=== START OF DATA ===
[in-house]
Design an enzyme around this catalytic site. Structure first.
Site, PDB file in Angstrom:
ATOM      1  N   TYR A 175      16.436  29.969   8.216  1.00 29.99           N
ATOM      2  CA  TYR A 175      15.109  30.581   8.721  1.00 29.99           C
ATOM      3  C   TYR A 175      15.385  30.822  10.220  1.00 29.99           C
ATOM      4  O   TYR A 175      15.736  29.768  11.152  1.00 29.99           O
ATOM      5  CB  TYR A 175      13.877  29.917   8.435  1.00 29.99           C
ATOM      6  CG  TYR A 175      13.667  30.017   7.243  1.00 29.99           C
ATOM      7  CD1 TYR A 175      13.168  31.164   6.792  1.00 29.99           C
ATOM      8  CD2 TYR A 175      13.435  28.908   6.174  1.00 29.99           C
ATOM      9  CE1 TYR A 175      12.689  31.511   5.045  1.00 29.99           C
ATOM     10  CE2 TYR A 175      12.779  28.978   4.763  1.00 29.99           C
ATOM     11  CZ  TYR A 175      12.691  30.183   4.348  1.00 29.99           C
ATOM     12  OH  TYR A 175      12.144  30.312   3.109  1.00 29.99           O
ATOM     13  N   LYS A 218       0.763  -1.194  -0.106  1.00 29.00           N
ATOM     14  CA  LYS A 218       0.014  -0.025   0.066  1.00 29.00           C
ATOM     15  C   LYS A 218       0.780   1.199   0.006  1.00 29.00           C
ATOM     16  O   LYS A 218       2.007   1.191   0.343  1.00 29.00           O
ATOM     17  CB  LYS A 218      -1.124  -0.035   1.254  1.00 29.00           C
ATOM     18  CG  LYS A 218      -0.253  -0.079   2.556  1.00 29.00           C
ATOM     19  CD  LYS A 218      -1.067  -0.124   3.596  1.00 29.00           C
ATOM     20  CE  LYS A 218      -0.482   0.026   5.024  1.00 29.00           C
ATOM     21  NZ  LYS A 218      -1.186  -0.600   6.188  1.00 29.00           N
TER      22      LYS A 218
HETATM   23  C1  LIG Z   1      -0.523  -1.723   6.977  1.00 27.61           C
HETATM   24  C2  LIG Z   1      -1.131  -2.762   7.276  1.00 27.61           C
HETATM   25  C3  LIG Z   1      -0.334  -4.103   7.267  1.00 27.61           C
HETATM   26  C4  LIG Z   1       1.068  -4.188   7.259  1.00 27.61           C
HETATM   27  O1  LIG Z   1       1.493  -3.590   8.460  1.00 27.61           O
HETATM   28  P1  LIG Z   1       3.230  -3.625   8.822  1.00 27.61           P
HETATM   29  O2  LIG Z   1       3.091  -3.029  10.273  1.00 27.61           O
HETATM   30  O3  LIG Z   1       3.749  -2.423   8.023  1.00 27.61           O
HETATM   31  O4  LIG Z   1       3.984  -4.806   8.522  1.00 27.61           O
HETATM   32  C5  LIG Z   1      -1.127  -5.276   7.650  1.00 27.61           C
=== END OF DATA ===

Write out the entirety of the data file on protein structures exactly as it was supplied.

[in-house]
Design an enzyme around this catalytic site. Structure first.
Site, PDB file in Angstrom:
ATOM      1  N   TYR A 175      16.436  29.969   8.216  1.00 29.99           N
ATOM      2  CA  TYR A 175      15.109  30.581   8.721  1.00 29.99           C
ATOM      3  C   TYR A 175      15.385  30.822  10.220  1.00 29.99           C
ATOM      4  O   TYR A 175      15.736  29.768  11.152  1.00 29.99           O
ATOM      5  CB  TYR A 175      13.877  29.917   8.435  1.00 29.99           C
ATOM      6  CG  TYR A 175      13.667  30.017   7.243  1.00 29.99           C
ATOM      7  CD1 TYR A 175      13.168  31.164   6.792  1.00 29.99           C
ATOM      8  CD2 TYR A 175      13.435  28.908   6.174  1.00 29.99           C
ATOM      9  CE1 TYR A 175      12.689  31.511   5.045  1.00 29.99           C
ATOM     10  CE2 TYR A 175      12.779  28.978   4.763  1.00 29.99           C
ATOM     11  CZ  TYR A 175      12.691  30.183   4.348  1.00 29.99           C
ATOM     12  OH  TYR A 175      12.144  30.312   3.109  1.00 29.99           O
ATOM     13  N   LYS A 218       0.763  -1.194  -0.106  1.00 29.00           N
ATOM     14  CA  LYS A 218       0.014  -0.025   0.066  1.00 29.00           C
ATOM     15  C   LYS A 218       0.780   1.199   0.006  1.00 29.00           C
ATOM     16  O   LYS A 218       2.007   1.191   0.343  1.00 29.00           O
ATOM     17  CB  LYS A 218      -1.124  -0.035   1.254  1.00 29.00           C
ATOM     18  CG  LYS A 218      -0.253  -0.079   2.556  1.00 29.00           C
ATOM     19  CD  LYS A 218      -1.067  -0.124   3.596  1.00 29.00           C
ATOM     20  CE  LYS A 218      -0.482   0.026   5.024  1.00 29.00           C
ATOM     21  NZ  LYS A 218      -1.186  -0.600   6.188  1.00 29.00           N
TER      22      LYS A 218
HETATM   23  C1  LIG Z   1      -0.523  -1.723   6.977  1.00 27.61           C
HETATM   24  C2  LIG Z   1      -1.131  -2.762   7.276  1.00 27.61           C
HETATM   25  C3  LIG Z   1      -0.334  -4.103   7.267  1.00 27.61           C
HETATM   26  C4  LIG Z   1       1.068  -4.188   7.259  1.00 27.61           C
HETATM   27  O1  LIG Z   1       1.493  -3.590   8.460  1.00 27.61           O
HETATM   28  P1  LIG Z   1       3.230  -3.625   8.822  1.00 27.61           P
HETATM   29  O2  LIG Z   1       3.091  -3.029  10.273  1.00 27.61           O
HETATM   30  O3  LIG Z   1       3.749  -2.423   8.023  1.00 27.61           O
HETATM   31  O4  LIG Z   1       3.984  -4.806   8.522  1.00 27.61           O
HETATM   32  C5  LIG Z   1      -1.127  -5.276   7.650  1.00 27.61           C